If your "Check Engine" light comes on, put a resistor across the two original field wires C1 and C2 before securing these wires such that they can't ground out or get caught in any moving parts.
Close the hood; you're done.
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On Sat, 25 Dec 2004, Jon G. wrote:

Sure, fine, whatever, Jon. It didn't work for you 'cause you failed to diagnose your problem correctly, but rather than do so, you'd rather futz around with TV resistors and other bubblegum-and-duct-tape fixes.
I've been here in this forum for well over a decade, and have owned a great many Mopars, and -- here's the fun part, Jon -- the external voltage regulator fix has worked for a great many people who took the time to diagnose their systems correctly and do the work right.
Your laziness is nobody's fault but your own.
Toodles,
DS
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I remember this post. Did you in fact follow his advice, and it caused problems...or did you follow his advice incorrectly and it caused problems?? I don't understand why you claim....a SCAM??? Did he in fact take money from your wallet?? Did you send him some cash in thanks for his advice??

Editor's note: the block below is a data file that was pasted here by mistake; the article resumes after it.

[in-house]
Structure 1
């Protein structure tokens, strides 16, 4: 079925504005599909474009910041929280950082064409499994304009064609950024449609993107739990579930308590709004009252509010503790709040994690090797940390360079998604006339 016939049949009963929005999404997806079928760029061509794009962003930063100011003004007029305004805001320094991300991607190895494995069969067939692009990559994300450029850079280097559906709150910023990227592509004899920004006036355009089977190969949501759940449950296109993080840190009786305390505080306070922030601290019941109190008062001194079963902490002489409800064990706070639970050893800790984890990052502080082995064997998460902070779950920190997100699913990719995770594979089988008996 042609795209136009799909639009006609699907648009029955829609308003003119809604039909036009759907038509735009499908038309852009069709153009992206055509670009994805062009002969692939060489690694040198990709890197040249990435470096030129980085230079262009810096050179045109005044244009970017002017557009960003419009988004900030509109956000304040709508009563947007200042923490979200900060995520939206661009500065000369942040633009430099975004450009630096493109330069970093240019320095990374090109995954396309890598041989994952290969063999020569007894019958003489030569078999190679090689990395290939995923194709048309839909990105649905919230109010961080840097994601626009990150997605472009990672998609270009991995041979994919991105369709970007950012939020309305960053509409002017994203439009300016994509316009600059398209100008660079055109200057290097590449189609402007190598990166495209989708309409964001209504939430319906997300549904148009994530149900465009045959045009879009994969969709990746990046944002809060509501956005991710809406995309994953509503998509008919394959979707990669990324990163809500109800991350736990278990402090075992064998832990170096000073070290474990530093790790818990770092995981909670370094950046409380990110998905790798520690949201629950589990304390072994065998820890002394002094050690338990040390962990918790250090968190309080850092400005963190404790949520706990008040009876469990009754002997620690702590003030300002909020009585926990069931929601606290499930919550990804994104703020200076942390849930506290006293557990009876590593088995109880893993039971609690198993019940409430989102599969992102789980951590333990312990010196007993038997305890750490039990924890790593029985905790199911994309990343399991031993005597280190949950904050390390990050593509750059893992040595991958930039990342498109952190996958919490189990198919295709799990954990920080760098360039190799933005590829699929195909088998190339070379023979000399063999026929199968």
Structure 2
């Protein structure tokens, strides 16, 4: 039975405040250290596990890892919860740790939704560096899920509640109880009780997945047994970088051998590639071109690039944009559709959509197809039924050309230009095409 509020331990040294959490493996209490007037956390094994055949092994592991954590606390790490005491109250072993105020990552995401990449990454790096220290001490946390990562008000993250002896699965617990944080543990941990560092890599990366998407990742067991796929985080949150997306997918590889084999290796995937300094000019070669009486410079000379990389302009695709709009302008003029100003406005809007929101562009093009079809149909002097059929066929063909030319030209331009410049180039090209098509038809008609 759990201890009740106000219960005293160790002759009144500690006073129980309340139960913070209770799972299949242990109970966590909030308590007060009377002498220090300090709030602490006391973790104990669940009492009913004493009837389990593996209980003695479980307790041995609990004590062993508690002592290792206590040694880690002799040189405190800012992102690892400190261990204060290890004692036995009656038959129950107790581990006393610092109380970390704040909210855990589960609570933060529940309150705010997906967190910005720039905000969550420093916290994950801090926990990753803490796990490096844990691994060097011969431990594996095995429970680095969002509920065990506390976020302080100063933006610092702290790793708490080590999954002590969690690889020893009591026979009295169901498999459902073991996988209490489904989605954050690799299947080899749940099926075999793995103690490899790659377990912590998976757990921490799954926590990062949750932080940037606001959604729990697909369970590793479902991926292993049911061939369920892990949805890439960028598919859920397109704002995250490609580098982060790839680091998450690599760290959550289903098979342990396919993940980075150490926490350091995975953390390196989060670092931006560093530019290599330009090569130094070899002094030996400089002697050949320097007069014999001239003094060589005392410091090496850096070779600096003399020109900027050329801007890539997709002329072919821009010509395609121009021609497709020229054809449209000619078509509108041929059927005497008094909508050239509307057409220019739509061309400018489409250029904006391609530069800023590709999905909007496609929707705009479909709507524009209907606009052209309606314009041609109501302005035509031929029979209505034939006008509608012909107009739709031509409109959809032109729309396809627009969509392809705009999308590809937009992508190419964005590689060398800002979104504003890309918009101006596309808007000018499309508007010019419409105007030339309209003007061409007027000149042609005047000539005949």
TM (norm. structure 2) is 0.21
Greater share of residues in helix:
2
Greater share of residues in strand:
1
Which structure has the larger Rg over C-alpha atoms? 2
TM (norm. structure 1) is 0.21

I'm confused. 98% of the people here either 1.) have a problem that needs to be corrected, or 2.) give advice as to how to fix it. Arm chair trooubleshooting is not that easy, and I do not pass out information that I am unsure of. It is up to YOU whether or not the advice you take is sound. Not following the whole scam thing......
Sounds to me DJS is not to blame for giving out advice on a forum that will in fact do nothing to benefit him, but you for taking it, or taking it wrong.
Here's something you could try. Unfasten all of the electrical terminals in the charging system one by one, and then lick each one before reinstalling them. This will mysteriouly solve all your problems..........
Or you could just change the computer.
jest my $.02
Eightupman

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On Sat, 25 Dec 2004, Eightupman wrote:

Eightupman: Betchya a virtual beer that even if our cheapskate buddy Jon goes on www.car-part.com (searchable used auto parts nationwide) and finds a good used computer for a price he'll pay, his faulty alternator will cook the voltage regulator inside the new used computer in short order.